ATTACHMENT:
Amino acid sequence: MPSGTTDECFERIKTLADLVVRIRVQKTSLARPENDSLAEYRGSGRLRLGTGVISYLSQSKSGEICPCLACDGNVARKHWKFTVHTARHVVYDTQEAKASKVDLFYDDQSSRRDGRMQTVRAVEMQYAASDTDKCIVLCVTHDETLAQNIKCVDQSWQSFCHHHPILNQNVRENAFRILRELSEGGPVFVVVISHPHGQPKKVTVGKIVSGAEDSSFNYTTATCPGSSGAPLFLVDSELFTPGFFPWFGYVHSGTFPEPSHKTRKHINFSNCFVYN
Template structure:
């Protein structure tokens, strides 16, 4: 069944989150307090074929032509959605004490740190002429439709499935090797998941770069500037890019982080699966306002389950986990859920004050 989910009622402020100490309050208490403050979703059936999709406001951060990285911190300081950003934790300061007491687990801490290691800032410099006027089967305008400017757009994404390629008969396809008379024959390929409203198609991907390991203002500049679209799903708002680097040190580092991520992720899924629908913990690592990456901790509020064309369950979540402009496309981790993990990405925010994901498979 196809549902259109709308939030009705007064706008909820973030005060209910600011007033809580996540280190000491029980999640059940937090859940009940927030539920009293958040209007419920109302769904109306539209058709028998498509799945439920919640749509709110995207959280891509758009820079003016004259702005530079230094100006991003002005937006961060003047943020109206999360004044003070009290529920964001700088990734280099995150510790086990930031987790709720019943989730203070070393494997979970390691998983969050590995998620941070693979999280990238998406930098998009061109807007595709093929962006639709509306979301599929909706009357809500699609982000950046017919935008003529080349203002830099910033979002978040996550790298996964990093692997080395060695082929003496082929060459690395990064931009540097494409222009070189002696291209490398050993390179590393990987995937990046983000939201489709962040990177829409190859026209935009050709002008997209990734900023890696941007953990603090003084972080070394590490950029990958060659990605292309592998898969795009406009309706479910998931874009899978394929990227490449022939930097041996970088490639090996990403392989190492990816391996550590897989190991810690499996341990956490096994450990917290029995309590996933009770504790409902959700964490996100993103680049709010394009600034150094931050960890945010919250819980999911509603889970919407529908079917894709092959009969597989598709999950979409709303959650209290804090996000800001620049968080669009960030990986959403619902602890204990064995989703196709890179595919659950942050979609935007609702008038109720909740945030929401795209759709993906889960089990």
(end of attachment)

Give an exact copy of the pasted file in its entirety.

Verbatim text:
Amino acid sequence: MPSGTTDECFERIKTLADLVVRIRVQKTSLARPENDSLAEYRGSGRLRLGTGVISYLSQSKSGEICPCLACDGNVARKHWKFTVHTARHVVYDTQEAKASKVDLFYDDQSSRRDGRMQTVRAVEMQYAASDTDKCIVLCVTHDETLAQNIKCVDQSWQSFCHHHPILNQNVRENAFRILRELSEGGPVFVVVISHPHGQPKKVTVGKIVSGAEDSSFNYTTATCPGSSGAPLFLVDSELFTPGFFPWFGYVHSGTFPEPSHKTRKHINFSNCFVYN
Template structure:
């Protein structure tokens, strides 16, 4: 069944989150307090074929032509959605004490740190002429439709499935090797998941770069500037890019982080699966306002389950986990859920004050 989910009622402020100490309050208490403050979703059936999709406001951060990285911190300081950003934790300061007491687990801490290691800032410099006027089967305008400017757009994404390629008969396809008379024959390929409203198609991907390991203002500049679209799903708002680097040190580092991520992720899924629908913990690592990456901790509020064309369950979540402009496309981790993990990405925010994901498979 196809549902259109709308939030009705007064706008909820973030005060209910600011007033809580996540280190000491029980999640059940937090859940009940927030539920009293958040209007419920109302769904109306539209058709028998498509799945439920919640749509709110995207959280891509758009820079003016004259702005530079230094100006991003002005937006961060003047943020109206999360004044003070009290529920964001700088990734280099995150510790086990930031987790709720019943989730203070070393494997979970390691998983969050590995998620941070693979999280990238998406930098998009061109807007595709093929962006639709509306979301599929909706009357809500699609982000950046017919935008003529080349203002830099910033979002978040996550790298996964990093692997080395060695082929003496082929060459690395990064931009540097494409222009070189002696291209490398050993390179590393990987995937990046983000939201489709962040990177829409190859026209935009050709002008997209990734900023890696941007953990603090003084972080070394590490950029990958060659990605292309592998898969795009406009309706479910998931874009899978394929990227490449022939930097041996970088490639090996990403392989190492990816391996550590897989190991810690499996341990956490096994450990917290029995309590996933009770504790409902959700964490996100993103680049709010394009600034150094931050960890945010919250819980999911509603889970919407529908079917894709092959009969597989598709999950979409709303959650209290804090996000800001620049968080669009960030990986959403619902602890204990064995989703196709890179595919659950942050979609935007609702008038109720909740945030929401795209759709993906889960089990």